Best known so far for her role in the 2007 horror film 28 Weeks Later, and with an eclectic range of films on the way, the chances of her being typecast at this early stage seem unlikely. Her English-rose looks will be used to good effect in a new film adaptation of Emily Brontë's classic novel, Jane Eyre, which she is currently shooting with American director Cary Fukunaga. The actress plays Blanche Ingram, a socialite with whom Mr Rochester flirts to make Jane jealous. While in the novel the character is an unsympathetic gold-digger, it seems that Blanche has been given a make-over for the unnaturally nice Poots. "Blanche is genuinely flabbergasted that Rochester doesn't want to marry her. She is nice, and innocent."
The daughter of a BBC journalist and a voluntary worker, she is – at the risk of slipping into cliché – a brainy beauty. Three As at A-level and a place waiting for her at the Courtauld Institute of Art in London. Having deferred for two years to act full-time, she is finding it difficult to take a break from her rapidly snowballing career to return to academe. "It is a hard one," she sighs. "You have to think about what you want to do. There is nothing to say that you should study from the age of 20 to 23. I learnt more on a film set at 17 than in the classroom."
She describes her breakthrough role in 28 Weeks Later as "like a first love", explaining: "It was the first substantial role I'd been offered, and there are so many people from the film I'm still friends with. It opened up more doors. I got to meet people I wouldn't have met otherwise and that helped to move my career along."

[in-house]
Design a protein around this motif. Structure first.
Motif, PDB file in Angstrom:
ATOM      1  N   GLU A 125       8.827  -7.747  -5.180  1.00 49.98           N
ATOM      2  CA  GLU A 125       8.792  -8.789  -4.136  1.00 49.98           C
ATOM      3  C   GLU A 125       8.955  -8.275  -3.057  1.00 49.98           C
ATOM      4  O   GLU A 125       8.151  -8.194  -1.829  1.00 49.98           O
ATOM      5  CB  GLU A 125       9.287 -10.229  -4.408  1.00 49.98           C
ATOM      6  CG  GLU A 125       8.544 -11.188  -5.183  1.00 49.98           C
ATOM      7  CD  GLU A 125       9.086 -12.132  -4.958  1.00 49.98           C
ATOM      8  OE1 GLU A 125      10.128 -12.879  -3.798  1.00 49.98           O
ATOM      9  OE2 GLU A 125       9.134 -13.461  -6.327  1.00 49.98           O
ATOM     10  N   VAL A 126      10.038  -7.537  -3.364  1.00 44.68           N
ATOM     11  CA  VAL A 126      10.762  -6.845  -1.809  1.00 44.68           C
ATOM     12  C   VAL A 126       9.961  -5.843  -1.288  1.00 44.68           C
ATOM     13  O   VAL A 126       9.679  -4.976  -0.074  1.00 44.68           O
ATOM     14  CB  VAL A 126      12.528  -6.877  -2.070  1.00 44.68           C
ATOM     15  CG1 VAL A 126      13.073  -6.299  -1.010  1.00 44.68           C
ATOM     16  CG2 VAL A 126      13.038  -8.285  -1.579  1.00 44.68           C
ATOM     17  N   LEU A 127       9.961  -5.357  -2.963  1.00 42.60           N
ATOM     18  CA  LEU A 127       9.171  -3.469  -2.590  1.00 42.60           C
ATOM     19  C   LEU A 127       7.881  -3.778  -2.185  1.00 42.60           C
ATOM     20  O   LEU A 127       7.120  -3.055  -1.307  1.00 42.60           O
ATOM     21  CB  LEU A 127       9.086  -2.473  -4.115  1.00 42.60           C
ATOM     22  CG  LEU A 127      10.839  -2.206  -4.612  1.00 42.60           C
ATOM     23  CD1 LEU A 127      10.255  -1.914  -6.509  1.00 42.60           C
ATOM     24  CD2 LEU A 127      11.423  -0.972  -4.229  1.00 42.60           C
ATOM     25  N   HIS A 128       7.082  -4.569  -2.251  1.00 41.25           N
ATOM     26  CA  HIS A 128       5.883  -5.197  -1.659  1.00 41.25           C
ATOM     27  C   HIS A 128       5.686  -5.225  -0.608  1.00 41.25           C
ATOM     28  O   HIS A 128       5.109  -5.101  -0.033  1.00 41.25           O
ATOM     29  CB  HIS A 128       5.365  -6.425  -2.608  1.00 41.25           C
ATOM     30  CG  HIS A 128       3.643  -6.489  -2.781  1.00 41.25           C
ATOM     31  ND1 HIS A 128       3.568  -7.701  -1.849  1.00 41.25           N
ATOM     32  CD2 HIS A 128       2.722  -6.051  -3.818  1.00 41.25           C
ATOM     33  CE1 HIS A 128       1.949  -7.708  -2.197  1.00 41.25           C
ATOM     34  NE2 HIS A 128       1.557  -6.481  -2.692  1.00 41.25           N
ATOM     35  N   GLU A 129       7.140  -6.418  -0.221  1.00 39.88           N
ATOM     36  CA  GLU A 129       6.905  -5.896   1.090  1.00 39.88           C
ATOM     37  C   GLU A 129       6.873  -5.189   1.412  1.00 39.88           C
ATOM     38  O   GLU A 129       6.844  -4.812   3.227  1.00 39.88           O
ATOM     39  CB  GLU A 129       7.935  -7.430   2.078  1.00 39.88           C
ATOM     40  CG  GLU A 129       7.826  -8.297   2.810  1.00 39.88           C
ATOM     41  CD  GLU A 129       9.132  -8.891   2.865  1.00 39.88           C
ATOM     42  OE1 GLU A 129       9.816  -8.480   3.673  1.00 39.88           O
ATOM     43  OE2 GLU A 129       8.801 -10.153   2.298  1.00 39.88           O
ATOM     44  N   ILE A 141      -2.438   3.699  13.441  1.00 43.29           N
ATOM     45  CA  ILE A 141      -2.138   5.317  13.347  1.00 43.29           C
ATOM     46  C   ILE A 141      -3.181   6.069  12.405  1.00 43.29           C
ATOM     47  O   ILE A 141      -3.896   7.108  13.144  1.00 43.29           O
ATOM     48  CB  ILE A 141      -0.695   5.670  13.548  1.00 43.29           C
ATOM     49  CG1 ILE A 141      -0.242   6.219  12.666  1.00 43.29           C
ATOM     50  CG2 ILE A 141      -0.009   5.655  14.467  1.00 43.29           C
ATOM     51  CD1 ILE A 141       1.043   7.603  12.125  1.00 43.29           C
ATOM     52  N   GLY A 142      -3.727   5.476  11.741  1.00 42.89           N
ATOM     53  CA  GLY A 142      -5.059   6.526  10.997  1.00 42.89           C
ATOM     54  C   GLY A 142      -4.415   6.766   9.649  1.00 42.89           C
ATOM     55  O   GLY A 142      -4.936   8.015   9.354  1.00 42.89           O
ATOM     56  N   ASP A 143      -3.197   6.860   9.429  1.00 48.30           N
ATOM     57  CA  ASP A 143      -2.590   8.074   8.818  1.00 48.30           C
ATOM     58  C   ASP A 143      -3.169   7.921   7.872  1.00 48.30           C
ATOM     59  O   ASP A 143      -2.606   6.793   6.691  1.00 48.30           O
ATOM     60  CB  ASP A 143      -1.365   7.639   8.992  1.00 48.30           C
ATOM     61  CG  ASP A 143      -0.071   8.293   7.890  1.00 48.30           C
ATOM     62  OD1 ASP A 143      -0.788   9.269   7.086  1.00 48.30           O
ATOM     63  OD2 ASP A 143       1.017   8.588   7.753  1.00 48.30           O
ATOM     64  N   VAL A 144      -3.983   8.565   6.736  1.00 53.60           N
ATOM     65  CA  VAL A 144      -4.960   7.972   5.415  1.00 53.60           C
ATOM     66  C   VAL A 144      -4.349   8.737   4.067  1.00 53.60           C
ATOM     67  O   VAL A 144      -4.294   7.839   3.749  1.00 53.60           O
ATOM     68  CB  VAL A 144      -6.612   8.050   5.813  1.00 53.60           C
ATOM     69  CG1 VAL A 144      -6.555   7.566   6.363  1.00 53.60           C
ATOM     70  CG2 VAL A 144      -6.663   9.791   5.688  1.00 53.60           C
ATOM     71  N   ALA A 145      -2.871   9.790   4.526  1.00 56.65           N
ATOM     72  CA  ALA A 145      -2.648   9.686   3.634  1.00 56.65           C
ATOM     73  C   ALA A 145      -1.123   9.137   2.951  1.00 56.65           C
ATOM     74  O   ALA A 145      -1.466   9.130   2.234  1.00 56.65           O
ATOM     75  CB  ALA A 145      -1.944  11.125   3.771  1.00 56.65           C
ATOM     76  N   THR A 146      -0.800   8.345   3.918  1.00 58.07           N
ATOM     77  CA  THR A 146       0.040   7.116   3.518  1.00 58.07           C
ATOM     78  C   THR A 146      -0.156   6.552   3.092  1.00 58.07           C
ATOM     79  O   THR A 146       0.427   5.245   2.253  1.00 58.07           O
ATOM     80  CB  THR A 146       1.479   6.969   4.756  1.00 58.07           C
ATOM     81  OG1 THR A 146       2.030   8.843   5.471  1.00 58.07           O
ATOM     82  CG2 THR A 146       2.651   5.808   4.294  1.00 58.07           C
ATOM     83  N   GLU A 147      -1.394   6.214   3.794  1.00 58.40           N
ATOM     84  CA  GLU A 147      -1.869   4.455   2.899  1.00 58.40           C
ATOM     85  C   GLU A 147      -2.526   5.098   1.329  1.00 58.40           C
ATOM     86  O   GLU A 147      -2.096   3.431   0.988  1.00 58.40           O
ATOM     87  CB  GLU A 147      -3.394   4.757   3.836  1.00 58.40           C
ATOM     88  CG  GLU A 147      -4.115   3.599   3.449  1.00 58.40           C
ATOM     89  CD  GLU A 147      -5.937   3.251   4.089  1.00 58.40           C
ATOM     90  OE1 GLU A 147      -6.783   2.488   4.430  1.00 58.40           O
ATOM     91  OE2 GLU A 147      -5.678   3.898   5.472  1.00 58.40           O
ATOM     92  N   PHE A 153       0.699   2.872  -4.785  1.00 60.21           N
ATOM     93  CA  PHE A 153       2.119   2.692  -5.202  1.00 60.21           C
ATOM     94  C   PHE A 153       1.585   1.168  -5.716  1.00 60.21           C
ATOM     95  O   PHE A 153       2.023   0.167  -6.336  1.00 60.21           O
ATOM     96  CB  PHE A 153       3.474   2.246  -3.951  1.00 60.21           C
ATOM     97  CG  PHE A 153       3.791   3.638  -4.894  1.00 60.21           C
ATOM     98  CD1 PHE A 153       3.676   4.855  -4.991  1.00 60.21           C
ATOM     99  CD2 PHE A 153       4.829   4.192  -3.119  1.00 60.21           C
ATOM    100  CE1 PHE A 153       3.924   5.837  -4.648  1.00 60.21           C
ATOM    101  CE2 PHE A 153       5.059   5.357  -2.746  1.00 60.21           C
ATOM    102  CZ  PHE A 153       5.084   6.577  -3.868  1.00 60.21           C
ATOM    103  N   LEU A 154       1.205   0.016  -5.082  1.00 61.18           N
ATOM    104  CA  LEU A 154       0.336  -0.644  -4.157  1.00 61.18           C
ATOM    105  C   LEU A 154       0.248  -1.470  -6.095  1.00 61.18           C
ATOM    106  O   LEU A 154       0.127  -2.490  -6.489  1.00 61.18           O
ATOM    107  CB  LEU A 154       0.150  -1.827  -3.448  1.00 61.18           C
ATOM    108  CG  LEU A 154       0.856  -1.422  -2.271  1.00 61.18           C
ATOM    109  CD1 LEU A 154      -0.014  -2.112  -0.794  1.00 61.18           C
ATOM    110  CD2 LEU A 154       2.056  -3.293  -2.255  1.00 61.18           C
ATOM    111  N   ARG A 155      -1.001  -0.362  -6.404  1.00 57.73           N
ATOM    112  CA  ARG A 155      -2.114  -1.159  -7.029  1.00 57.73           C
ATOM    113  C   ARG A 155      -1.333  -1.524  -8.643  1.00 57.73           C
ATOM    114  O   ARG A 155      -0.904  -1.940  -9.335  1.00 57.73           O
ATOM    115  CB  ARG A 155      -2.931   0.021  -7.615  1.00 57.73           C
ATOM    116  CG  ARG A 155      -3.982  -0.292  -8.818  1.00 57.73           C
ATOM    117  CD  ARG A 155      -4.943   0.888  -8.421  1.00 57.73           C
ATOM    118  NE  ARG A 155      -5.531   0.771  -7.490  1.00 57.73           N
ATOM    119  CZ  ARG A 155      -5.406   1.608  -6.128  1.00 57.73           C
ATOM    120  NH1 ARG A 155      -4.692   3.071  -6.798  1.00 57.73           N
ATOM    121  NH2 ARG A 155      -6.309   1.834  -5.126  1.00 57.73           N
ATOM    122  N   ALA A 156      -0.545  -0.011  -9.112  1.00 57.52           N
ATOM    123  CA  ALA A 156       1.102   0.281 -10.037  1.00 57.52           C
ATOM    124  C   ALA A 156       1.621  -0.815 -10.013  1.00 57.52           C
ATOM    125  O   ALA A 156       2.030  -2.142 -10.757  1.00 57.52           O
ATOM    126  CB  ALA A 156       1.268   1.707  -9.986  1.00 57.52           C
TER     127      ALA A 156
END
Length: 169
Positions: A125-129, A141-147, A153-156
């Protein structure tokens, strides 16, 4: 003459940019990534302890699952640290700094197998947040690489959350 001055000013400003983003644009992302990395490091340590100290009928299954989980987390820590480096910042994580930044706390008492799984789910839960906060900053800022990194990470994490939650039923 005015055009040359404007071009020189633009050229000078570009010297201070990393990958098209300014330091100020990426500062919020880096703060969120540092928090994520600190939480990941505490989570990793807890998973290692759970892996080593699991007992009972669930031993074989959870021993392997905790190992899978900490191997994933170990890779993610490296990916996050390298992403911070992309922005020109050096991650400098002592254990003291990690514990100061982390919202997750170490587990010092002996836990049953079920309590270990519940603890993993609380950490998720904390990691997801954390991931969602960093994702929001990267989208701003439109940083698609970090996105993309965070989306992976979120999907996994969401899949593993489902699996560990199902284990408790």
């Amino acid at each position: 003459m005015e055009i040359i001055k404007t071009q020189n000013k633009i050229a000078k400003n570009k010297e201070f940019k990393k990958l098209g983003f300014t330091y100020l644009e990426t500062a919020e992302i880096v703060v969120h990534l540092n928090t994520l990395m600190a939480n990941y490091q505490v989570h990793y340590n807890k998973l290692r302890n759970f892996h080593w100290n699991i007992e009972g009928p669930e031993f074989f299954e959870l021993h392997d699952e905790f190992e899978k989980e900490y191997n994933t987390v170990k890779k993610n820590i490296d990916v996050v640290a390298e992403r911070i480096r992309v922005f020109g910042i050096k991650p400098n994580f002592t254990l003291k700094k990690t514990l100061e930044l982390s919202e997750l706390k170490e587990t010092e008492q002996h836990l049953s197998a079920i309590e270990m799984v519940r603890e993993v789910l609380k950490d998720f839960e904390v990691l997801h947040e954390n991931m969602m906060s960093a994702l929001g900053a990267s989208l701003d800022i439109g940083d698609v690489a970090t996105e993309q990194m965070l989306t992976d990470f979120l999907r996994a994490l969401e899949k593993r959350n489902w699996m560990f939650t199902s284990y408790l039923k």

When not busy with that career, she is keen to continue drawing and painting, and recently bought a flat in Fulham, west London, with room for a studio. But despite these artistic leanings and her burgeoning acting career, Poots is refreshingly down to earth. "I love art, but not in a clichéd, luvvie way," she says, rolling her eyes and adopting an affected pose. "I've met actors who have been all 'actory', who you would never go out with, and some who are great. It's the whole cigarette-in-hand, tortured-soul thing that gets me."
While she may not like the "luvvie" scene, she counts a number of "bright young things" of British acting among her circle of friends. These include Aaron Johnson, with whom Poots stars in the upcoming British-Japanese thriller Chatroom, which will premiere at the Cannes Film Festival on 14 May. Johnson's stock increased after he starred in the recent biopic about John Lennon, Nowhere Boy, and becoming engaged to its director, the artist Sam Taylor-Wood, who, at 43, is 24 years his senior.